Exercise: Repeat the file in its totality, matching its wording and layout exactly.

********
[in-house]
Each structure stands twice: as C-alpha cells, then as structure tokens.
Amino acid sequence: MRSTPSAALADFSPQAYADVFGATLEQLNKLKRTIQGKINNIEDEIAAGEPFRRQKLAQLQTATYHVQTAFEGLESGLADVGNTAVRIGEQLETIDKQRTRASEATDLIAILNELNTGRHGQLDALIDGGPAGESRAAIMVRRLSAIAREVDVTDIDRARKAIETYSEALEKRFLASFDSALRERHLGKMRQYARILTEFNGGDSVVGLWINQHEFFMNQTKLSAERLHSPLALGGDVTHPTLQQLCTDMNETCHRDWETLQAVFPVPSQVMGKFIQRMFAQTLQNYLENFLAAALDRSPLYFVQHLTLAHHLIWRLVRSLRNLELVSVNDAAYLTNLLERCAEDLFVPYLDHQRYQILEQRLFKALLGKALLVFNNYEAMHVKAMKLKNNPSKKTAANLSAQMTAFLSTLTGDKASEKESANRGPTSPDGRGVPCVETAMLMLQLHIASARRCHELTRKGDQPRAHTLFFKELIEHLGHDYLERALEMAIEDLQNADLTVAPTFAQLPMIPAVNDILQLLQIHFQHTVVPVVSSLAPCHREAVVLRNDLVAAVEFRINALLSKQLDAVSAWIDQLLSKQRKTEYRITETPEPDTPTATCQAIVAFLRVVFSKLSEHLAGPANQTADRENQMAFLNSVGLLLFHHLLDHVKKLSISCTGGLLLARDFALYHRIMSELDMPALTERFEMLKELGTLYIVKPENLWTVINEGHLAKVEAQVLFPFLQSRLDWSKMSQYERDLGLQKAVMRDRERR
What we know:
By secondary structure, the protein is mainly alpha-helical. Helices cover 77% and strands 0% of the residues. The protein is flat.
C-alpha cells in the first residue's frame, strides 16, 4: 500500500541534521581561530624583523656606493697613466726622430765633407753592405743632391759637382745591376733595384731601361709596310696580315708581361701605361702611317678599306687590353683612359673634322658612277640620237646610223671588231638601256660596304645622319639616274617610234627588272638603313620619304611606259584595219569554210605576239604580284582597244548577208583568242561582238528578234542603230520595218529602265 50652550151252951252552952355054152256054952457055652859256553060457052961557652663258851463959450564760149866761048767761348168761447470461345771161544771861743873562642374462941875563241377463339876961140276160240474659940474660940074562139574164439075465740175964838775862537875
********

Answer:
[in-house]
Each structure stands twice: as C-alpha cells, then as structure tokens.
Amino acid sequence: MRSTPSAALADFSPQAYADVFGATLEQLNKLKRTIQGKINNIEDEIAAGEPFRRQKLAQLQTATYHVQTAFEGLESGLADVGNTAVRIGEQLETIDKQRTRASEATDLIAILNELNTGRHGQLDALIDGGPAGESRAAIMVRRLSAIAREVDVTDIDRARKAIETYSEALEKRFLASFDSALRERHLGKMRQYARILTEFNGGDSVVGLWINQHEFFMNQTKLSAERLHSPLALGGDVTHPTLQQLCTDMNETCHRDWETLQAVFPVPSQVMGKFIQRMFAQTLQNYLENFLAAALDRSPLYFVQHLTLAHHLIWRLVRSLRNLELVSVNDAAYLTNLLERCAEDLFVPYLDHQRYQILEQRLFKALLGKALLVFNNYEAMHVKAMKLKNNPSKKTAANLSAQMTAFLSTLTGDKASEKESANRGPTSPDGRGVPCVETAMLMLQLHIASARRCHELTRKGDQPRAHTLFFKELIEHLGHDYLERALEMAIEDLQNADLTVAPTFAQLPMIPAVNDILQLLQIHFQHTVVPVVSSLAPCHREAVVLRNDLVAAVEFRINALLSKQLDAVSAWIDQLLSKQRKTEYRITETPEPDTPTATCQAIVAFLRVVFSKLSEHLAGPANQTADRENQMAFLNSVGLLLFHHLLDHVKKLSISCTGGLLLARDFALYHRIMSELDMPALTERFEMLKELGTLYIVKPENLWTVINEGHLAKVEAQVLFPFLQSRLDWSKMSQYERDLGLQKAVMRDRERR
What we know:
By secondary structure, the protein is mainly alpha-helical. Helices cover 77% and strands 0% of the residues. The protein is flat.
C-alpha cells in the first residue's frame, strides 16, 4: 500500500541534521581561530624583523656606493697613466726622430765633407753592405743632391759637382745591376733595384731601361709596310696580315708581361701605361702611317678599306687590353683612359673634322658612277640620237646610223671588231638601256660596304645622319639616274617610234627588272638603313620619304611606259584595219569554210605576239604580284582597244548577208583568242561582238528578234542603230520595218529602265 50652550151252951252552952355054152256054952457055652859256553060457052961557652663258851463959450564760149866761048767761348168761447470461345771161544771861743873562642374462941875563241377463339876961140276160240474659940474660940074562139574164439075465740175964838775862537875